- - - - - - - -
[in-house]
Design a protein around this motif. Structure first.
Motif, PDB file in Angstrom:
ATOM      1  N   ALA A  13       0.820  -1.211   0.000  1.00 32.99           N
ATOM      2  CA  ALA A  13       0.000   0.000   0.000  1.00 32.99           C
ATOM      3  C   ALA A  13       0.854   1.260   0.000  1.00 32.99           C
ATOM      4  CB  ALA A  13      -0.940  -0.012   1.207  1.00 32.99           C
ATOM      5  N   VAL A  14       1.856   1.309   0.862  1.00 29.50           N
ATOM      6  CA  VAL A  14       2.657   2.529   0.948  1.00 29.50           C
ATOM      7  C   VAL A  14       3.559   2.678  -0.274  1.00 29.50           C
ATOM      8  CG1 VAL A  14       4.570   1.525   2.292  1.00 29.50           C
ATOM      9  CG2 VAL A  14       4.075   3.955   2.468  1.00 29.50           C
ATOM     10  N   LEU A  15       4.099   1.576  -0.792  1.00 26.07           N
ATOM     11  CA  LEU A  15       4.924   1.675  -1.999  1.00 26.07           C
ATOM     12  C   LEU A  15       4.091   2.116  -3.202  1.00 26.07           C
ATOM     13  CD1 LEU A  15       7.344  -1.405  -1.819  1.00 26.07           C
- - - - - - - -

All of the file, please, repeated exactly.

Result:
[in-house]
Design a protein around this motif. Structure first.
Motif, PDB file in Angstrom:
ATOM      1  N   ALA A  13       0.820  -1.211   0.000  1.00 32.99           N
ATOM      2  CA  ALA A  13       0.000   0.000   0.000  1.00 32.99           C
ATOM      3  C   ALA A  13       0.854   1.260   0.000  1.00 32.99           C
ATOM      4  CB  ALA A  13      -0.940  -0.012   1.207  1.00 32.99           C
ATOM      5  N   VAL A  14       1.856   1.309   0.862  1.00 29.50           N
ATOM      6  CA  VAL A  14       2.657   2.529   0.948  1.00 29.50           C
ATOM      7  C   VAL A  14       3.559   2.678  -0.274  1.00 29.50           C
ATOM      8  CG1 VAL A  14       4.570   1.525   2.292  1.00 29.50           C
ATOM      9  CG2 VAL A  14       4.075   3.955   2.468  1.00 29.50           C
ATOM     10  N   LEU A  15       4.099   1.576  -0.792  1.00 26.07           N
ATOM     11  CA  LEU A  15       4.924   1.675  -1.999  1.00 26.07           C
ATOM     12  C   LEU A  15       4.091   2.116  -3.202  1.00 26.07           C
ATOM     13  CD1 LEU A  15       7.344  -1.405  -1.819  1.00 26.07           C